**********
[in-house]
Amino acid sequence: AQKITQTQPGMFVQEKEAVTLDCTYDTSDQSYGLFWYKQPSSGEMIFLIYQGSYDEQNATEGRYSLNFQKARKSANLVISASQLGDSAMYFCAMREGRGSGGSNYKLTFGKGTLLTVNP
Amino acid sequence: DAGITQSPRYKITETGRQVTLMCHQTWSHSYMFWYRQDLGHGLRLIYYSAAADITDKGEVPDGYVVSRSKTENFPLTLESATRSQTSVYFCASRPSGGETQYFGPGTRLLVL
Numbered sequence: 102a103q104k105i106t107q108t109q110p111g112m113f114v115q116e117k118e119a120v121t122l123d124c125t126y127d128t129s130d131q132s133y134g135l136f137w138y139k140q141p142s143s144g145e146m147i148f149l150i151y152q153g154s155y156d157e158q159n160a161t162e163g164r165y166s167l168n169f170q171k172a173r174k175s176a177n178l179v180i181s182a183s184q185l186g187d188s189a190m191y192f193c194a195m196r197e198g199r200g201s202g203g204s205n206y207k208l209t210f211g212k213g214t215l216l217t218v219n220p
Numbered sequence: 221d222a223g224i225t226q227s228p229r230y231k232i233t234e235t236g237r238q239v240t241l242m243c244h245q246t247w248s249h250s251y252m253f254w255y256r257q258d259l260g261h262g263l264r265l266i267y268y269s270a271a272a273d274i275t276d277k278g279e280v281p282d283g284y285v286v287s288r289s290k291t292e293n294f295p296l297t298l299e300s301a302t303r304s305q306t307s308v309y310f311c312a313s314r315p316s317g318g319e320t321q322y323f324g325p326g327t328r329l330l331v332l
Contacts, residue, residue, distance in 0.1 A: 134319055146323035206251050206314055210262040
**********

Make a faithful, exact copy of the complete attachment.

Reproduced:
[in-house]
Amino acid sequence: AQKITQTQPGMFVQEKEAVTLDCTYDTSDQSYGLFWYKQPSSGEMIFLIYQGSYDEQNATEGRYSLNFQKARKSANLVISASQLGDSAMYFCAMREGRGSGGSNYKLTFGKGTLLTVNP
Amino acid sequence: DAGITQSPRYKITETGRQVTLMCHQTWSHSYMFWYRQDLGHGLRLIYYSAAADITDKGEVPDGYVVSRSKTENFPLTLESATRSQTSVYFCASRPSGGETQYFGPGTRLLVL
Numbered sequence: 102a103q104k105i106t107q108t109q110p111g112m113f114v115q116e117k118e119a120v121t122l123d124c125t126y127d128t129s130d131q132s133y134g135l136f137w138y139k140q141p142s143s144g145e146m147i148f149l150i151y152q153g154s155y156d157e158q159n160a161t162e163g164r165y166s167l168n169f170q171k172a173r174k175s176a177n178l179v180i181s182a183s184q185l186g187d188s189a190m191y192f193c194a195m196r197e198g199r200g201s202g203g204s205n206y207k208l209t210f211g212k213g214t215l216l217t218v219n220p
Numbered sequence: 221d222a223g224i225t226q227s228p229r230y231k232i233t234e235t236g237r238q239v240t241l242m243c244h245q246t247w248s249h250s251y252m253f254w255y256r257q258d259l260g261h262g263l264r265l266i267y268y269s270a271a272a273d274i275t276d277k278g279e280v281p282d283g284y285v286v287s288r289s290k291t292e293n294f295p296l297t298l299e300s301a302t303r304s305q306t307s308v309y310f311c312a313s314r315p316s317g318g319e320t321q322y323f324g325p326g327t328r329l330l331v332l
Contacts, residue, residue, distance in 0.1 A: 134319055146323035206251050206314055210262040